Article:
Understanding the Increase in Disability Insurance Spending

Jeffrey Liebman

NBER Disability Research Center Paper No. NB 13-01
Issued in January 2013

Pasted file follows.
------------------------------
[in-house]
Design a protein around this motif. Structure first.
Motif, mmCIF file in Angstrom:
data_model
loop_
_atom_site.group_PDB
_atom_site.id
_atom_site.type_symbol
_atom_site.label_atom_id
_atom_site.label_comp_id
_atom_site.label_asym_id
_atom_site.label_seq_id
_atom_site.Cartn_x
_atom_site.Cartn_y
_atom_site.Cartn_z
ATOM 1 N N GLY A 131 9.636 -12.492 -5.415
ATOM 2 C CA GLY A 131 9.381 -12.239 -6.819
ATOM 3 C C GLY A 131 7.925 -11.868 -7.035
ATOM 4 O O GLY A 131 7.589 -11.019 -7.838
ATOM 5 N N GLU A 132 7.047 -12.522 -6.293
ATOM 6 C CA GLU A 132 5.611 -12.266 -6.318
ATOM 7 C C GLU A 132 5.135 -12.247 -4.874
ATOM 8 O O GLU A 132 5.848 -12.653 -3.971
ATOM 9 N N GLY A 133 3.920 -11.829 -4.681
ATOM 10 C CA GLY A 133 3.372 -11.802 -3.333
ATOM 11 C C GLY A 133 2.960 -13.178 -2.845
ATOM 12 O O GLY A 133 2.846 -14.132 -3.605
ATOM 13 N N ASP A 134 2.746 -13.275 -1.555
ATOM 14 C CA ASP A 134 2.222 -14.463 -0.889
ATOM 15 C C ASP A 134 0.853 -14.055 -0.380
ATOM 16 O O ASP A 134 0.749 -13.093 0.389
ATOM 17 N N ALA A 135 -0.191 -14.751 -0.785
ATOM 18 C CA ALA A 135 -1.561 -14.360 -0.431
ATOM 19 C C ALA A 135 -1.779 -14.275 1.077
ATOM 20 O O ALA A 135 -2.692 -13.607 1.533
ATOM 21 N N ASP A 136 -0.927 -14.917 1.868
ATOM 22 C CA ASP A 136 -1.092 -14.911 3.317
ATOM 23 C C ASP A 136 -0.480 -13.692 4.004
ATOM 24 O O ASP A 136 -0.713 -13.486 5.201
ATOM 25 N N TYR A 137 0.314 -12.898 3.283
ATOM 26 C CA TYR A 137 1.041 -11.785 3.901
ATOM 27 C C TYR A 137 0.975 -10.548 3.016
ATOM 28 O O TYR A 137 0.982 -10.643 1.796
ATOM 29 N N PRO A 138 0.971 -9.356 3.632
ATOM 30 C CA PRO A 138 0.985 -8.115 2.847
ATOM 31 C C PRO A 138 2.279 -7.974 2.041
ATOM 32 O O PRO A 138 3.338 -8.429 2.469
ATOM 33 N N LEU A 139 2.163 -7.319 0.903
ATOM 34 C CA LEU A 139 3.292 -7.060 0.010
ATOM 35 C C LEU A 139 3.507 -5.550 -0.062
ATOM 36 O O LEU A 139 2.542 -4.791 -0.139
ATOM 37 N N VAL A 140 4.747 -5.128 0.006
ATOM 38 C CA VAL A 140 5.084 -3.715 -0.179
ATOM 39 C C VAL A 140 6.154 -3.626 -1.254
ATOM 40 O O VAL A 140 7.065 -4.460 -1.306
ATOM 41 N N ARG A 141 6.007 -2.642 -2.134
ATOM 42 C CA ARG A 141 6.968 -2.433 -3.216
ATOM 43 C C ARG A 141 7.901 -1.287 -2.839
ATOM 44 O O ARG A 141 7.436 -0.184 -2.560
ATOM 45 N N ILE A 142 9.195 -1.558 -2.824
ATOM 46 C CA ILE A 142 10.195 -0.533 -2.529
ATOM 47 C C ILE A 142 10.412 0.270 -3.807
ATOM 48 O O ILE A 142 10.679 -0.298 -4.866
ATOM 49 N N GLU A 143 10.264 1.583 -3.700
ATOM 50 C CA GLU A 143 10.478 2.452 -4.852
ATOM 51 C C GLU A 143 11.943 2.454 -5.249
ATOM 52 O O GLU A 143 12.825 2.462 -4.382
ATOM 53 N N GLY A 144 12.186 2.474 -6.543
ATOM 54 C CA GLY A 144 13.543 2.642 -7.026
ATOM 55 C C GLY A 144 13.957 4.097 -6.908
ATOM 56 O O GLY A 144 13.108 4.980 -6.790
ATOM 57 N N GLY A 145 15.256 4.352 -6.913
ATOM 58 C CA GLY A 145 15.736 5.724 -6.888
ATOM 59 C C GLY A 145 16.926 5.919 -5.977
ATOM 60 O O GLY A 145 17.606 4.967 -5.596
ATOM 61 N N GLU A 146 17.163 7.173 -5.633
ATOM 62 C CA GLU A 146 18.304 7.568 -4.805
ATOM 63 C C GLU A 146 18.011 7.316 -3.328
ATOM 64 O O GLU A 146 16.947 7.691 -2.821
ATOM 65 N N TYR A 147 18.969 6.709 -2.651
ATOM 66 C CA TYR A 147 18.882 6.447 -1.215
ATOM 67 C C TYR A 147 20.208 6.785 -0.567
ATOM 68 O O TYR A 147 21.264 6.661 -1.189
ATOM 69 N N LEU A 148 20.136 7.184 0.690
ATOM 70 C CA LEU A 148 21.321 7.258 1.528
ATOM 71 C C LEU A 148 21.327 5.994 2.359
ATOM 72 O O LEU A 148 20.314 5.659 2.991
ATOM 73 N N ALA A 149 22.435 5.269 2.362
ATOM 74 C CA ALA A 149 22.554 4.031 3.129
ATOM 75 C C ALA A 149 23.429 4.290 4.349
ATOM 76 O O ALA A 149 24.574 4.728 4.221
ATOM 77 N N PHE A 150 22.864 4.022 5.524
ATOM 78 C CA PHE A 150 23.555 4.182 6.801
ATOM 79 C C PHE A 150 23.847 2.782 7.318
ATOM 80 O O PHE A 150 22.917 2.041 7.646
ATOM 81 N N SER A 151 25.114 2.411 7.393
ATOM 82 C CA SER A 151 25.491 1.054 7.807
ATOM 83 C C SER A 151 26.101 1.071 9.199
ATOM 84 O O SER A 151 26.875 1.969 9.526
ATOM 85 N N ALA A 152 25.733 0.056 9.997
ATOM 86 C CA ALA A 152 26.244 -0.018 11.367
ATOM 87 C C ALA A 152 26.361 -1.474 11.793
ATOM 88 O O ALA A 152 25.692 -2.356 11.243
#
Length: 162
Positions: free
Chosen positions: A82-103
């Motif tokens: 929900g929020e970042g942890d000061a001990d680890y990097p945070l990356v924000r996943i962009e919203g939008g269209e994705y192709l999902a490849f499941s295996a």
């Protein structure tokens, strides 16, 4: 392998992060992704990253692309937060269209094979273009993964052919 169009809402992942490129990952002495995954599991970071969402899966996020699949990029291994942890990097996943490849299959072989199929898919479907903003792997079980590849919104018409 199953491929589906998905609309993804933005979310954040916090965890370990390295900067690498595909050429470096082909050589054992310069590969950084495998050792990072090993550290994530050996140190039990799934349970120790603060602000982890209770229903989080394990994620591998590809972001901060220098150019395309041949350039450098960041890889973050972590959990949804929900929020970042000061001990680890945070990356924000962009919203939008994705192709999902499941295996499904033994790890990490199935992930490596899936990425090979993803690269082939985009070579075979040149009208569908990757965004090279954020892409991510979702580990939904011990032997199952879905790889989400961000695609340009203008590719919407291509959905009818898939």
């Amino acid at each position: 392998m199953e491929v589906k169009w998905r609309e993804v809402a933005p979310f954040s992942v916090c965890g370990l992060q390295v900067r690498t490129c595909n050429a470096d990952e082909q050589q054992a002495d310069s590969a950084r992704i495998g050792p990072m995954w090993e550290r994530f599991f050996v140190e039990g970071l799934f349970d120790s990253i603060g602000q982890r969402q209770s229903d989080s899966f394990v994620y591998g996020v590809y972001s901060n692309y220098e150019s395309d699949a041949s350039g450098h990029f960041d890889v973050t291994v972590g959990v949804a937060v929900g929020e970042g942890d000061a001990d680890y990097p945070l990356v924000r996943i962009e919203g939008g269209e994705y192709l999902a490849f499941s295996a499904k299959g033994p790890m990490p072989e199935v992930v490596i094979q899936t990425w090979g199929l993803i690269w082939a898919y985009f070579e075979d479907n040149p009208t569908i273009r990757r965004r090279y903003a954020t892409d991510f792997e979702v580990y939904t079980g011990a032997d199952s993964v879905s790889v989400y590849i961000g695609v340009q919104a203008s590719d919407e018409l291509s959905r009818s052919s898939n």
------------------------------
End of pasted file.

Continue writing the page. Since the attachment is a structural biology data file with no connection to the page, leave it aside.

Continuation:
The share of working age Americans receiving disability insurance benefits has increased substantially in recent years. Some experts attribute this increase primarily to more lenient eligibility criteria and to labor market changes that have increased the incentive for low-wage workers to apply for benefits. Other ex-perts suggest that the aging of baby boomers into prime disability-benefit-receiving ages and the increased labor force participation of women can explain most of the increase. In order to distinguish among these perspectives, this paper decomposes the increase in spending on Disability Insurance (DI) into the share attributable to different factors and conducts simulations of the DI caseload under counterfactual scenari-os in which various combinations of these factors are held constant. There are five main findings. First, while the share of the working age population receiving benefits has risen substantially in recent decades, average benefits relative to GDP have fallen. The net effect is that spending on DI and SSI benefits in-creased by only 0.20% of GDP between the late 1970s and the years immediately preceding the 2007-2009 recession. Second, for men DI spending as a share of GDP was at approximately the same level in 2007 as it was in the late 1970s. Incidence levels fell in the late 1970s and early 1980s and partially re-bounded in the late 1980s, but male incidence has been flat since 1991. Measured from 1985, the rise in the beneficiary-to-population ratio among men is attributable to a combination of population aging, a de-cline in mortality, and an increase in incidence. Measured from 1991, nearly all of the rise is attributable to population aging and a decline in mortality. Third, spending on DI benefits for women has increased by almost 0.15% of GDP over the past 30 years. Almost all of the increase is the result of population aging, an increase in fraction of women with earnings sufficient for them to be covered by DI, and a significant increase in the incidence of DI receipt, with female incidence now approximately equal to male incidence. Fourth, there has been a significant decline in incidence related to impairments from circulatory and neo-plasm conditions. This has been offset by increased incidence related to musculoskeletal and mental con-ditions. Absent the rise in the incidence of musculoskeletal and mental conditions, the number of benefi-ciaries today would be 21 percent lower. It is unclear to what extent the rising incidence of musculoskele-tal and mental conditions reflects more lenient eligibility criteria and increased incentives for low-wage workers to claim benefits versus a reclassification of circulatory cases as musculoskeletal/mental cases. Fifth, incidence rates adjusted for age and the national unemployment rate have been flat for men since 1991 and have exhibited only a slight upward trend for women. Because this constancy has resulted from large underlying changes that have happened to balance each other out, it would not be surprising to see incidence either rise or fall going forward.

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